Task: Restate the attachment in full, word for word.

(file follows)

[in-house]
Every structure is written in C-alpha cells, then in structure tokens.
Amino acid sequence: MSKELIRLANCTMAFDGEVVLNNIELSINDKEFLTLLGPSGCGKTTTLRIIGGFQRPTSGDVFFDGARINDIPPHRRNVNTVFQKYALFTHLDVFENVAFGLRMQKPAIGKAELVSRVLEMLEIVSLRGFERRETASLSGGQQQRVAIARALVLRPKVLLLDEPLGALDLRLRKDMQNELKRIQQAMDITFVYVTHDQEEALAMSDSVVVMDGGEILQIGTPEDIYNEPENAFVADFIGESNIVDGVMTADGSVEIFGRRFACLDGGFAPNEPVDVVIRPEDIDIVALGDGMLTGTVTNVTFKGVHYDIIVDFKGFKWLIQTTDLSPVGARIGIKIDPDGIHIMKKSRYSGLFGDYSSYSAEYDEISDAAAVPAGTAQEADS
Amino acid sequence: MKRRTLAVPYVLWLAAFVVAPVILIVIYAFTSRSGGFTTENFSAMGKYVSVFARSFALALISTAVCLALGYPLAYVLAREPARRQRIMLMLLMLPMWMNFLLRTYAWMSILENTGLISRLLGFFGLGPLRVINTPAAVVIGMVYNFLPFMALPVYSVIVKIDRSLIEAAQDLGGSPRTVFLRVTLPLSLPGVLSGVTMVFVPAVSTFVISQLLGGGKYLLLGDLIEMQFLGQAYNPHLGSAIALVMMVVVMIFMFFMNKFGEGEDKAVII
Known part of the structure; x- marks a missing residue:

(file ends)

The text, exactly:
[in-house]
Every structure is written in C-alpha cells, then in structure tokens.
Amino acid sequence: MSKELIRLANCTMAFDGEVVLNNIELSINDKEFLTLLGPSGCGKTTTLRIIGGFQRPTSGDVFFDGARINDIPPHRRNVNTVFQKYALFTHLDVFENVAFGLRMQKPAIGKAELVSRVLEMLEIVSLRGFERRETASLSGGQQQRVAIARALVLRPKVLLLDEPLGALDLRLRKDMQNELKRIQQAMDITFVYVTHDQEEALAMSDSVVVMDGGEILQIGTPEDIYNEPENAFVADFIGESNIVDGVMTADGSVEIFGRRFACLDGGFAPNEPVDVVIRPEDIDIVALGDGMLTGTVTNVTFKGVHYDIIVDFKGFKWLIQTTDLSPVGARIGIKIDPDGIHIMKKSRYSGLFGDYSSYSAEYDEISDAAAVPAGTAQEADS
Amino acid sequence: MKRRTLAVPYVLWLAAFVVAPVILIVIYAFTSRSGGFTTENFSAMGKYVSVFARSFALALISTAVCLALGYPLAYVLAREPARRQRIMLMLLMLPMWMNFLLRTYAWMSILENTGLISRLLGFFGLGPLRVINTPAAVVIGMVYNFLPFMALPVYSVIVKIDRSLIEAAQDLGGSPRTVFLRVTLPLSLPGVLSGVTMVFVPAVSTFVISQLLGGGKYLLLGDLIEMQFLGQAYNPHLGSAIALVMMVVVMIFMFFMNKFGEGEDKAVII
Known part of the structure; x- marks a missing residue: